Birds help control insects
By Ray Ridlen
The scissor-tailed flycatcher, the Oklahoma state bird, a long-tailed insect-eating bird closely related to the kingbird, is one of many birds that help control insects in the environment. Adult birds have grey upper parts, light underparts with pinkish flanks, dark wings and an extremely long black tail. Insects are their main source of food, but they will also eat some berries.
The Northern Oriole perhaps is best known for its hanging, basket-like nest. The female constructs the intricately woven nest on the end of a tall tree branch. Orioles inhabit deciduous woodlands of elm and cottonwood along streams and around towns and farms. Caterpillars, beetles and other tree-dwelling insects comprise most of the orioles’ diet, but they also eat small fruits and nectar of some flowers. The oriole is well known for the male’s fiery orange and black plumage. Females have an orange-yellow breast and olive-brown back and wings.
In flight, a distinctive white bar can be seen on the underside of each wing of the mottled brown Common Nighthawk. Their name is derived from their feeding behavior in which they “hawk” (catch in mid-air) night-flying insects such as moths and beetles. They are closely related to whippoorwills and Chuck-will’s widows. Nighthawks do not build a conventional nest, they scrape a shallow depression in the ground for two speckled brown eggs that both adults incubate, and camouflage if they leave the nest.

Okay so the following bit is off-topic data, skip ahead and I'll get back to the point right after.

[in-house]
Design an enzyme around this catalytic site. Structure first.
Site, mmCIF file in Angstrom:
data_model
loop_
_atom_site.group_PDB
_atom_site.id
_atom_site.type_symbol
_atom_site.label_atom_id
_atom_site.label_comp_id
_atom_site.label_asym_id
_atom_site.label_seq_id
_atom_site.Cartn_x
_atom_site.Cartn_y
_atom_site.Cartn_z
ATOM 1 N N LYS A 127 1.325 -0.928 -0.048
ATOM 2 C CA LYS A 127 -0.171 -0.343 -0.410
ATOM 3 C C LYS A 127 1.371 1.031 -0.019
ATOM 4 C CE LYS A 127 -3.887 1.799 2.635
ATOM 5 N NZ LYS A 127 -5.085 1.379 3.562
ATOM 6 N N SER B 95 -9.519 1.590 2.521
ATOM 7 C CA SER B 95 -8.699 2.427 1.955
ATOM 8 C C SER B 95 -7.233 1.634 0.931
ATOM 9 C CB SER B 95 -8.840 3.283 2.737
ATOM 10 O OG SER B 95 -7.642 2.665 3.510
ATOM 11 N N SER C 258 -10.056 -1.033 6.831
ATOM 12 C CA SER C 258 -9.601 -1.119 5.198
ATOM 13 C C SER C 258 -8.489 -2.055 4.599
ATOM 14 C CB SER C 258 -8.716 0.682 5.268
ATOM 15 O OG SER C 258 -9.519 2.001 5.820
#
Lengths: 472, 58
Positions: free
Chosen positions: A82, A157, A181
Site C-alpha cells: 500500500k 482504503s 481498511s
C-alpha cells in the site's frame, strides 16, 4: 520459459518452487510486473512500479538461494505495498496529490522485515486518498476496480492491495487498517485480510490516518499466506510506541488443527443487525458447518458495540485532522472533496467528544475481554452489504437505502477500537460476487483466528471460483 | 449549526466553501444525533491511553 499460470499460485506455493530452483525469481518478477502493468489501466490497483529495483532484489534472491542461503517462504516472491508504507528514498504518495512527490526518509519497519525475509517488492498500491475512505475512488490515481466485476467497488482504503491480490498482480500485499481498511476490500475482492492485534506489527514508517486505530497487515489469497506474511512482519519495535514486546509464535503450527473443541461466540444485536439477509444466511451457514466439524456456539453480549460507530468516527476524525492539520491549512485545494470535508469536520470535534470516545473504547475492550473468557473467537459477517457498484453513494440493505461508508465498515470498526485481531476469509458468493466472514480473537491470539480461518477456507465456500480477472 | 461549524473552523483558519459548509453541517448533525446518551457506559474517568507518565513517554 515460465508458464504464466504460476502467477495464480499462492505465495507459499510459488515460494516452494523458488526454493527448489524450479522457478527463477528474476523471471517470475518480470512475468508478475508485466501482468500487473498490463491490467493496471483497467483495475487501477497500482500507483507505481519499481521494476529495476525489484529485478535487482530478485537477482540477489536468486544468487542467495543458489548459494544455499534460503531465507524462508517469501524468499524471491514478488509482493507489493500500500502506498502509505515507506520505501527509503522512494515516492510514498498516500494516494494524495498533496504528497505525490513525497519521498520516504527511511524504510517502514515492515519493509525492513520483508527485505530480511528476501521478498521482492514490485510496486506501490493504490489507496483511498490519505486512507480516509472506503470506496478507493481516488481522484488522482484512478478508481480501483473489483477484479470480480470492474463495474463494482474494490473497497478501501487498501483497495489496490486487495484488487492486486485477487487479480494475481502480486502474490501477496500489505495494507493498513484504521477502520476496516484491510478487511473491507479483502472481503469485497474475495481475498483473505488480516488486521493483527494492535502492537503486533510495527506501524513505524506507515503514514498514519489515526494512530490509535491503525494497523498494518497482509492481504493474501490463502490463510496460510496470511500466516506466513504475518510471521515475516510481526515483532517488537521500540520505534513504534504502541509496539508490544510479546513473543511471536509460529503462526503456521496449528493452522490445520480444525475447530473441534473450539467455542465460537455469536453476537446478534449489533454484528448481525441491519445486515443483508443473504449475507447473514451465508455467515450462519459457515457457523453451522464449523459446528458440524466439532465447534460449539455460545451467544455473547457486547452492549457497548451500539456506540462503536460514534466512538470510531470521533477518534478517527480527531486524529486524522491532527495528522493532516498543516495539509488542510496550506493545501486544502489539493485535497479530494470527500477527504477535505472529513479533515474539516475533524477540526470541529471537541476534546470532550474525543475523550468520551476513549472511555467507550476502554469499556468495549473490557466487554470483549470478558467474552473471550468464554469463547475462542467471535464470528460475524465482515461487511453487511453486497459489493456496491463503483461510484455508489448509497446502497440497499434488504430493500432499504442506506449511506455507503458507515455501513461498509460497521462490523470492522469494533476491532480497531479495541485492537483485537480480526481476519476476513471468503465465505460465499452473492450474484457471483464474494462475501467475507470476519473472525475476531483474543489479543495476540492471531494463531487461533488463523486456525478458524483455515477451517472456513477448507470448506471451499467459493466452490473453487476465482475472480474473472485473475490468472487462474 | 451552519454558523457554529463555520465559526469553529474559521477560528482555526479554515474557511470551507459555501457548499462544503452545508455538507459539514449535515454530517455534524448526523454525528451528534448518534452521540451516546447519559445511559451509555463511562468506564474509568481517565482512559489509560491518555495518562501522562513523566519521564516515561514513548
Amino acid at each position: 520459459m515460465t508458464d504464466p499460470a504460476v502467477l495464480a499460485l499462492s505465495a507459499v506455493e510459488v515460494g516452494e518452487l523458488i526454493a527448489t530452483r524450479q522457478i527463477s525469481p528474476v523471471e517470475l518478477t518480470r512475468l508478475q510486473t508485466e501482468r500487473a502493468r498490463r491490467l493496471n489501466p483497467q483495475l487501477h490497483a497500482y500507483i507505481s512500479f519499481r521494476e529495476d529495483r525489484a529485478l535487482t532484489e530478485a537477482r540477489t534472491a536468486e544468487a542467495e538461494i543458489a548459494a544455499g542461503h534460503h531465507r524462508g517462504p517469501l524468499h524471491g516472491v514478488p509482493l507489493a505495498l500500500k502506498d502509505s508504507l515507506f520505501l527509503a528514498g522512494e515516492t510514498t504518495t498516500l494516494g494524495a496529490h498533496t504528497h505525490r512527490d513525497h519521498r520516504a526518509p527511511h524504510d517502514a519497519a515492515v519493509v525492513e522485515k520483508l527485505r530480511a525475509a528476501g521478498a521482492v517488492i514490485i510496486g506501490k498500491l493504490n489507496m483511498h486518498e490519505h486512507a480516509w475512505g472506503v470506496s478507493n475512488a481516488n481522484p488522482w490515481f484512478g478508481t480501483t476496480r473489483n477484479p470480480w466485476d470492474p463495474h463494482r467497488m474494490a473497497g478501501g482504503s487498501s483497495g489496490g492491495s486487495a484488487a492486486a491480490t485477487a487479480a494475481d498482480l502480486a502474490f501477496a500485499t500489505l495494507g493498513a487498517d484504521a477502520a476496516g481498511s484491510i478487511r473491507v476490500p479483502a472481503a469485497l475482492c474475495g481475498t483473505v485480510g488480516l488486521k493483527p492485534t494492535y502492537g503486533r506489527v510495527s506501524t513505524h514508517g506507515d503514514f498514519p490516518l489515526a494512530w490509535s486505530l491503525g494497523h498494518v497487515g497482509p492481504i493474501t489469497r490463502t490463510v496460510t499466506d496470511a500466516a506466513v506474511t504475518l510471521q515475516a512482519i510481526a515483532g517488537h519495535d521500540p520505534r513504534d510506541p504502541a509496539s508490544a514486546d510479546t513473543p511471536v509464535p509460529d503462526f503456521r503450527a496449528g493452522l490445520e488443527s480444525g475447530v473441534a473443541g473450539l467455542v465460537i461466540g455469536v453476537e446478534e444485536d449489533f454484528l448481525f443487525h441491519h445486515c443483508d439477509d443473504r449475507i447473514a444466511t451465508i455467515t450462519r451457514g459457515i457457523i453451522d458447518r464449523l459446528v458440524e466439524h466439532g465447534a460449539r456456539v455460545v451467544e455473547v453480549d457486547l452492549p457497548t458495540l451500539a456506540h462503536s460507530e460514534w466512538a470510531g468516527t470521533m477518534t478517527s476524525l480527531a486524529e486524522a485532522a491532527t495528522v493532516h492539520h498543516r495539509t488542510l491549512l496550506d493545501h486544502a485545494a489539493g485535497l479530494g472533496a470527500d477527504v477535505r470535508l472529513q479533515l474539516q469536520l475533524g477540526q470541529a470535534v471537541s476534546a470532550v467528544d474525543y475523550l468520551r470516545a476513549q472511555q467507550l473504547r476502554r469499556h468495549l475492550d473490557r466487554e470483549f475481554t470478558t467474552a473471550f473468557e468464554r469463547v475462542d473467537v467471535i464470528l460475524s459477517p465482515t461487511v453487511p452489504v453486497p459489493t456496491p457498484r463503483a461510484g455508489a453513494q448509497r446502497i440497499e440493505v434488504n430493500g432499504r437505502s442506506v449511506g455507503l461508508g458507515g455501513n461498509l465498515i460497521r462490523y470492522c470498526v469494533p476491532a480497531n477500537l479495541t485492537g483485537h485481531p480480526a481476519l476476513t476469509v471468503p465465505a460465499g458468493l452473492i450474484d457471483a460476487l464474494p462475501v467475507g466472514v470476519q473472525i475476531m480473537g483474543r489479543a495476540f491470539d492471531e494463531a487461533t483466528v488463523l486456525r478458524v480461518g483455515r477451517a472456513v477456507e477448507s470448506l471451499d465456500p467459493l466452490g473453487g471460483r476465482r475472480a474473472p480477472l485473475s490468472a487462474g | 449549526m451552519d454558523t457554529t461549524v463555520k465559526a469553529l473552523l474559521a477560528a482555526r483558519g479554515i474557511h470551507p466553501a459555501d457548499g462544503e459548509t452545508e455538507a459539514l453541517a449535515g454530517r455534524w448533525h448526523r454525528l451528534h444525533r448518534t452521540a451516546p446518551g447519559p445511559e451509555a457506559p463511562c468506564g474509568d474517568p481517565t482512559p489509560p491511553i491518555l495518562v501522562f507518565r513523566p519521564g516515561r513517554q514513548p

Scarlet tanagers are found in large tracts of mature oak and hickory forests in the eastern fifth of Oklahoma. Males are a brilliant scarlet-red with black wings and tail feathers. Females are a soft yellowish-green with slightly darker wings and tail. Tanagers spend most of their time in tree canopies searching for insects, but will eat small fruits when available, especially on their wintering grounds in forests of Venezuela and northern Brazil.
Cliff swallows nest in colonies throughout Oklahoma where each pair constructs an oven-shaped nest of mud on the side of a cliff, under a bridge or building eaves. They are most common in Oklahoma’s western and central counties. Their diet is made up of small flying insects. Distinguished by its long pointed wings, square tail, orange rump patch and buff-colored forehead, cliff swallows have one of the longest migration routes, traveling to southern Brazil and Argentina for the winter.
The small black-capped vireo, once common in western and central Oklahoma, with only a few hundred remaining today, mostly in the scrub oak-covered hillsides of the Wichita Mountains. Males have a black cap and neck. The female’s cap is gray, both have white speckles and yellowish sides. They mostly eat caterpillars and other insects. The vireo’s nest is a small hanging cup of grass, lichen and spider webs, suspended from a shrub’s branch two to five feet above the ground.